In a post on his verified Twitter account on Saturday, October 24, he stated the incident happened just months after his appointment by President Uhuru Kenyatta in 2015.
“I was a few months into this job, with stories swirling around about my personal affairs and lifestyle, and much speculation to boot,” he started. At the time he was praised for his humble nature.
On that particular day, his cousin had some business to conduct in Nairobi’s CBD. He parked his car in Ngara and boarded a matatu to town.
The matatu was full, but he decided to stand along the aisle for the short journey. He forgot that the police had began a crackdown on overloading matatus and as fate would have it, he was nabbed a few moments later.
The governor’s cousin and others arrested in the operation were handcuffed in pairs and bundled into a police vehicle.
“My cousin did not utter a word of protest and was completely compliant. Others protested loudly in vain as the police meant business,” Governor Njoroge narrated.
Upon reaching the police station, the suspects were presented to the OCS and this particular one caught his eye.
The longer he stared at the suspect the more he wondered and just suddenly, he asked “Where did you arrest this suspect from?” and without waiting for an answer he ordered them, “Take him back where you got him”.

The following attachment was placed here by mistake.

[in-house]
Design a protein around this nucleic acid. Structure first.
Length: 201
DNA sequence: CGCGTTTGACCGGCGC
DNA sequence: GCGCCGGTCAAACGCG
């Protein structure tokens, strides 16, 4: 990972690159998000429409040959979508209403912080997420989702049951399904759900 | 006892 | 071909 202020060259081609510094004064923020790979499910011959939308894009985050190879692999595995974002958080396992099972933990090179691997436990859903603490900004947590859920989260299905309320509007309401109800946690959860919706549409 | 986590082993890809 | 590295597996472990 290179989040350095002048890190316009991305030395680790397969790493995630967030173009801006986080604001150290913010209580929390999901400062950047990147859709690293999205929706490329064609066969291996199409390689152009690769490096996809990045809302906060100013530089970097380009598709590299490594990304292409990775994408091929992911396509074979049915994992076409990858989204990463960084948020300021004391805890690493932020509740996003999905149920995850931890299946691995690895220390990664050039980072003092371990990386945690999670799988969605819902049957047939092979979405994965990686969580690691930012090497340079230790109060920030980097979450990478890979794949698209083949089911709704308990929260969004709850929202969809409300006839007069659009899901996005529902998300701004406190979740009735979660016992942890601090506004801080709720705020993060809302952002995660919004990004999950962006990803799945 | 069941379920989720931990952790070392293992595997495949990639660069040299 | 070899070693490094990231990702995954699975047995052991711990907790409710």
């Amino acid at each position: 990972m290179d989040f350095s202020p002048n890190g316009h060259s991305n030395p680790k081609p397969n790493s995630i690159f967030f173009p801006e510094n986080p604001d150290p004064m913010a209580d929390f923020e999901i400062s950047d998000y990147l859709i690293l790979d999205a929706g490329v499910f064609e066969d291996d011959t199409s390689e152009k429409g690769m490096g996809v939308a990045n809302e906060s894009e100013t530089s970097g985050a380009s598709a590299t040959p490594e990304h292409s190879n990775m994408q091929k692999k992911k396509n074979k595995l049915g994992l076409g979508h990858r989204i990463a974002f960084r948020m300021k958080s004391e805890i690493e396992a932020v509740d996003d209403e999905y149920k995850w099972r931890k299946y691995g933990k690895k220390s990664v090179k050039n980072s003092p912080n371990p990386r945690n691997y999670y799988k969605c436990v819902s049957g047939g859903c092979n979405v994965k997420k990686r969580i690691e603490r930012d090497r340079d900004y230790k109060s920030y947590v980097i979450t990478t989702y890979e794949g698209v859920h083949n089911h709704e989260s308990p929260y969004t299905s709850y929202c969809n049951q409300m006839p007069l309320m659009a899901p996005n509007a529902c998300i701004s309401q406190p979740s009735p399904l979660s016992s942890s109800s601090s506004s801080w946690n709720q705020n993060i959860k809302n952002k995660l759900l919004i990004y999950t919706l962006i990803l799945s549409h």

The other suspects realised that their partner might have held some sort of power against the police. They begged him to help them but he decided not to ride his luck.
“In the end, the officers got another vehicle and were now ordered to take him wherever he wanted to go. And that is what happened. My cousin showed up at his CBD appointment in a police car! He says the officers were very courteous,” Governor Njoroge concluded.
“This incident has been dissected a million times at family gatherings. Everyone agrees that it was a case of mistaken identity. Neither I nor my cousin wants to push the matter any further and the rest is weaved in the family’s folklore,” he added.
President Kenyatta’s lookalike also escaped arrest when former Buruburu OCS let him go fearing that he was related to the head of state.
Had he gone to court, Michael would have been slapped with a Ksh 10,000 fine for violating the curfew.